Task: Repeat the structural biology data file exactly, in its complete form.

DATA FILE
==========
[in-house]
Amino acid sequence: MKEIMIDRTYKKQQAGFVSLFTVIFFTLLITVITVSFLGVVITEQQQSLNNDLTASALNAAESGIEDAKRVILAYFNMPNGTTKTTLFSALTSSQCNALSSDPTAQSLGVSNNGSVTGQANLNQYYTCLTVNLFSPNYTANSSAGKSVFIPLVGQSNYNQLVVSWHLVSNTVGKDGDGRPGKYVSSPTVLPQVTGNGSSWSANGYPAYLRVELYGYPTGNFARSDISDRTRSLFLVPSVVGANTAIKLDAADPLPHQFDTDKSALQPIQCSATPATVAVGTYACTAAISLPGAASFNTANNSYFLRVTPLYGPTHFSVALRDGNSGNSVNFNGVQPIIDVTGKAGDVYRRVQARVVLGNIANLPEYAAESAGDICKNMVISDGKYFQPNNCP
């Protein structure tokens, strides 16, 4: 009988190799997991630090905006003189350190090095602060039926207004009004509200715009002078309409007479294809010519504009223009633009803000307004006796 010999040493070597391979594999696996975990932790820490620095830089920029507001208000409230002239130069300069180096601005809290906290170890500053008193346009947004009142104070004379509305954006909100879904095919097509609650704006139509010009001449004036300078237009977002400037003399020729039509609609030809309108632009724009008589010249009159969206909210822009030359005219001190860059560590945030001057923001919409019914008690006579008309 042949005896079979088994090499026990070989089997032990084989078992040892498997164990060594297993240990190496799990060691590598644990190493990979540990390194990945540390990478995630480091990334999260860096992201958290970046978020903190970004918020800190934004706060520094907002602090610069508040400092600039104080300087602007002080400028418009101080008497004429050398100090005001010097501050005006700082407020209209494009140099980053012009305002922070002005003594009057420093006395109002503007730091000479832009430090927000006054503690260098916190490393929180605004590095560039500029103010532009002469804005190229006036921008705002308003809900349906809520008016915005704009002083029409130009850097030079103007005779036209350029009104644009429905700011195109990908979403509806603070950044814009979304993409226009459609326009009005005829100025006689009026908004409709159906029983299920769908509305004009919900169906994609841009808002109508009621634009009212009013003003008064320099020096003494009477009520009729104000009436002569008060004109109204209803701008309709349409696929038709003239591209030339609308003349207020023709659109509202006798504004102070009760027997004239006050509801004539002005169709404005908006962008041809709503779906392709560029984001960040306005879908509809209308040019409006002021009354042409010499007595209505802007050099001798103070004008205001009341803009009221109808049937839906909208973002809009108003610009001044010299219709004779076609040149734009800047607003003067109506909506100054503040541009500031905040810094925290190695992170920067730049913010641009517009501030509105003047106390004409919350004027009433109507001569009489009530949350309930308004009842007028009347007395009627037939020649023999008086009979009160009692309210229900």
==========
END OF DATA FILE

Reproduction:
[in-house]
Amino acid sequence: MKEIMIDRTYKKQQAGFVSLFTVIFFTLLITVITVSFLGVVITEQQQSLNNDLTASALNAAESGIEDAKRVILAYFNMPNGTTKTTLFSALTSSQCNALSSDPTAQSLGVSNNGSVTGQANLNQYYTCLTVNLFSPNYTANSSAGKSVFIPLVGQSNYNQLVVSWHLVSNTVGKDGDGRPGKYVSSPTVLPQVTGNGSSWSANGYPAYLRVELYGYPTGNFARSDISDRTRSLFLVPSVVGANTAIKLDAADPLPHQFDTDKSALQPIQCSATPATVAVGTYACTAAISLPGAASFNTANNSYFLRVTPLYGPTHFSVALRDGNSGNSVNFNGVQPIIDVTGKAGDVYRRVQARVVLGNIANLPEYAAESAGDICKNMVISDGKYFQPNNCP
């Protein structure tokens, strides 16, 4: 009988190799997991630090905006003189350190090095602060039926207004009004509200715009002078309409007479294809010519504009223009633009803000307004006796 010999040493070597391979594999696996975990932790820490620095830089920029507001208000409230002239130069300069180096601005809290906290170890500053008193346009947004009142104070004379509305954006909100879904095919097509609650704006139509010009001449004036300078237009977002400037003399020729039509609609030809309108632009724009008589010249009159969206909210822009030359005219001190860059560590945030001057923001919409019914008690006579008309 042949005896079979088994090499026990070989089997032990084989078992040892498997164990060594297993240990190496799990060691590598644990190493990979540990390194990945540390990478995630480091990334999260860096992201958290970046978020903190970004918020800190934004706060520094907002602090610069508040400092600039104080300087602007002080400028418009101080008497004429050398100090005001010097501050005006700082407020209209494009140099980053012009305002922070002005003594009057420093006395109002503007730091000479832009430090927000006054503690260098916190490393929180605004590095560039500029103010532009002469804005190229006036921008705002308003809900349906809520008016915005704009002083029409130009850097030079103007005779036209350029009104644009429905700011195109990908979403509806603070950044814009979304993409226009459609326009009005005829100025006689009026908004409709159906029983299920769908509305004009919900169906994609841009808002109508009621634009009212009013003003008064320099020096003494009477009520009729104000009436002569008060004109109204209803701008309709349409696929038709003239591209030339609308003349207020023709659109509202006798504004102070009760027997004239006050509801004539002005169709404005908006962008041809709503779906392709560029984001960040306005879908509809209308040019409006002021009354042409010499007595209505802007050099001798103070004008205001009341803009009221109808049937839906909208973002809009108003610009001044010299219709004779076609040149734009800047607003003067109506909506100054503040541009500031905040810094925290190695992170920067730049913010641009517009501030509105003047106390004409919350004027009433109507001569009489009530949350309930308004009842007028009347007395009627037939020649023999008086009979009160009692309210229900």